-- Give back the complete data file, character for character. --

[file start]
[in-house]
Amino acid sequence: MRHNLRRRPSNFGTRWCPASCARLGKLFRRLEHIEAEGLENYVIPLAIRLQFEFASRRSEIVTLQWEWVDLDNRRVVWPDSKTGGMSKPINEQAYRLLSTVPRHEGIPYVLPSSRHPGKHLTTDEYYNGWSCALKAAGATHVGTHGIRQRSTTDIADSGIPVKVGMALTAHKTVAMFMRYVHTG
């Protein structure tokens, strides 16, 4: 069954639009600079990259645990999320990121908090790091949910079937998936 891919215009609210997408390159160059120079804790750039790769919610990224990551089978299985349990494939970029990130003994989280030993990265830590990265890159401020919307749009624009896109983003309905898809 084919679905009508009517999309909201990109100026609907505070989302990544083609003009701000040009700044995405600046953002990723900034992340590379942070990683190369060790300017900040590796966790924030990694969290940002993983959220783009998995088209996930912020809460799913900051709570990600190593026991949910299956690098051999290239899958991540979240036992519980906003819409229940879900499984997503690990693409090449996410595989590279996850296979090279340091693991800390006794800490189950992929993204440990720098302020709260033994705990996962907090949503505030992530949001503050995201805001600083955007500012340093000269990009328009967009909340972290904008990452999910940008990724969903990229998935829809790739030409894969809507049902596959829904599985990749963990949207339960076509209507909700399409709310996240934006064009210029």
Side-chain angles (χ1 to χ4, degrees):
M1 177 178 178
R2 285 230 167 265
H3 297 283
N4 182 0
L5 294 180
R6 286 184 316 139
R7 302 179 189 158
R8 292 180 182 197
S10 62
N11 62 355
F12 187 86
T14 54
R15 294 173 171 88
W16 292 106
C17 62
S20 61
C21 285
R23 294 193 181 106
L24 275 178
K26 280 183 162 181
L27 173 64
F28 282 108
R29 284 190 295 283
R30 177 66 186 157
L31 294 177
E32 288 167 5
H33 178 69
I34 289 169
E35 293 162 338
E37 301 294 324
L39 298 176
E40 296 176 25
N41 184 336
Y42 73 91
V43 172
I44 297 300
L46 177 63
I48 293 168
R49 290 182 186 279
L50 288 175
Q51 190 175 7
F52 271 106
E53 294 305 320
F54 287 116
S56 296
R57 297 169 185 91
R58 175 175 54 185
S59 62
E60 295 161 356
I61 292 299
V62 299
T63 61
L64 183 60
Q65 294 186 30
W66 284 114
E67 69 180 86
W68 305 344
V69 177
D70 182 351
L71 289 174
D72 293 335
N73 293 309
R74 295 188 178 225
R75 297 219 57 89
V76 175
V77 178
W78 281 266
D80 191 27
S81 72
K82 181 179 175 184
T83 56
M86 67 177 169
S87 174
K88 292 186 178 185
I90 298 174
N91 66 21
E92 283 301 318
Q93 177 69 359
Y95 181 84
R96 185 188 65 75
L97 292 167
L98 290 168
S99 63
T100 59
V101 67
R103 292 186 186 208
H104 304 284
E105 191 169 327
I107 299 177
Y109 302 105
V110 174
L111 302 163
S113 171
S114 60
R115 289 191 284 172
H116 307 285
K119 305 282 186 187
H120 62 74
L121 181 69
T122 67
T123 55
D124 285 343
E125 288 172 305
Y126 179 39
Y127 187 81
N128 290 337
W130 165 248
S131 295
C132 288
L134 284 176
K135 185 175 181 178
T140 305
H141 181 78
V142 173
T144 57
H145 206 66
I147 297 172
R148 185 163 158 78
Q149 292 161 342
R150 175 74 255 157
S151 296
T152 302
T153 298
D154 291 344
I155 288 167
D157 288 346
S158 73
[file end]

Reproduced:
[in-house]
Amino acid sequence: MRHNLRRRPSNFGTRWCPASCARLGKLFRRLEHIEAEGLENYVIPLAIRLQFEFASRRSEIVTLQWEWVDLDNRRVVWPDSKTGGMSKPINEQAYRLLSTVPRHEGIPYVLPSSRHPGKHLTTDEYYNGWSCALKAAGATHVGTHGIRQRSTTDIADSGIPVKVGMALTAHKTVAMFMRYVHTG
């Protein structure tokens, strides 16, 4: 069954639009600079990259645990999320990121908090790091949910079937998936 891919215009609210997408390159160059120079804790750039790769919610990224990551089978299985349990494939970029990130003994989280030993990265830590990265890159401020919307749009624009896109983003309905898809 084919679905009508009517999309909201990109100026609907505070989302990544083609003009701000040009700044995405600046953002990723900034992340590379942070990683190369060790300017900040590796966790924030990694969290940002993983959220783009998995088209996930912020809460799913900051709570990600190593026991949910299956690098051999290239899958991540979240036992519980906003819409229940879900499984997503690990693409090449996410595989590279996850296979090279340091693991800390006794800490189950992929993204440990720098302020709260033994705990996962907090949503505030992530949001503050995201805001600083955007500012340093000269990009328009967009909340972290904008990452999910940008990724969903990229998935829809790739030409894969809507049902596959829904599985990749963990949207339960076509209507909700399409709310996240934006064009210029």
Side-chain angles (χ1 to χ4, degrees):
M1 177 178 178
R2 285 230 167 265
H3 297 283
N4 182 0
L5 294 180
R6 286 184 316 139
R7 302 179 189 158
R8 292 180 182 197
S10 62
N11 62 355
F12 187 86
T14 54
R15 294 173 171 88
W16 292 106
C17 62
S20 61
C21 285
R23 294 193 181 106
L24 275 178
K26 280 183 162 181
L27 173 64
F28 282 108
R29 284 190 295 283
R30 177 66 186 157
L31 294 177
E32 288 167 5
H33 178 69
I34 289 169
E35 293 162 338
E37 301 294 324
L39 298 176
E40 296 176 25
N41 184 336
Y42 73 91
V43 172
I44 297 300
L46 177 63
I48 293 168
R49 290 182 186 279
L50 288 175
Q51 190 175 7
F52 271 106
E53 294 305 320
F54 287 116
S56 296
R57 297 169 185 91
R58 175 175 54 185
S59 62
E60 295 161 356
I61 292 299
V62 299
T63 61
L64 183 60
Q65 294 186 30
W66 284 114
E67 69 180 86
W68 305 344
V69 177
D70 182 351
L71 289 174
D72 293 335
N73 293 309
R74 295 188 178 225
R75 297 219 57 89
V76 175
V77 178
W78 281 266
D80 191 27
S81 72
K82 181 179 175 184
T83 56
M86 67 177 169
S87 174
K88 292 186 178 185
I90 298 174
N91 66 21
E92 283 301 318
Q93 177 69 359
Y95 181 84
R96 185 188 65 75
L97 292 167
L98 290 168
S99 63
T100 59
V101 67
R103 292 186 186 208
H104 304 284
E105 191 169 327
I107 299 177
Y109 302 105
V110 174
L111 302 163
S113 171
S114 60
R115 289 191 284 172
H116 307 285
K119 305 282 186 187
H120 62 74
L121 181 69
T122 67
T123 55
D124 285 343
E125 288 172 305
Y126 179 39
Y127 187 81
N128 290 337
W130 165 248
S131 295
C132 288
L134 284 176
K135 185 175 181 178
T140 305
H141 181 78
V142 173
T144 57
H145 206 66
I147 297 172
R148 185 163 158 78
Q149 292 161 342
R150 175 74 255 157
S151 296
T152 302
T153 298
D154 291 344
I155 288 167
D157 288 346
S158 73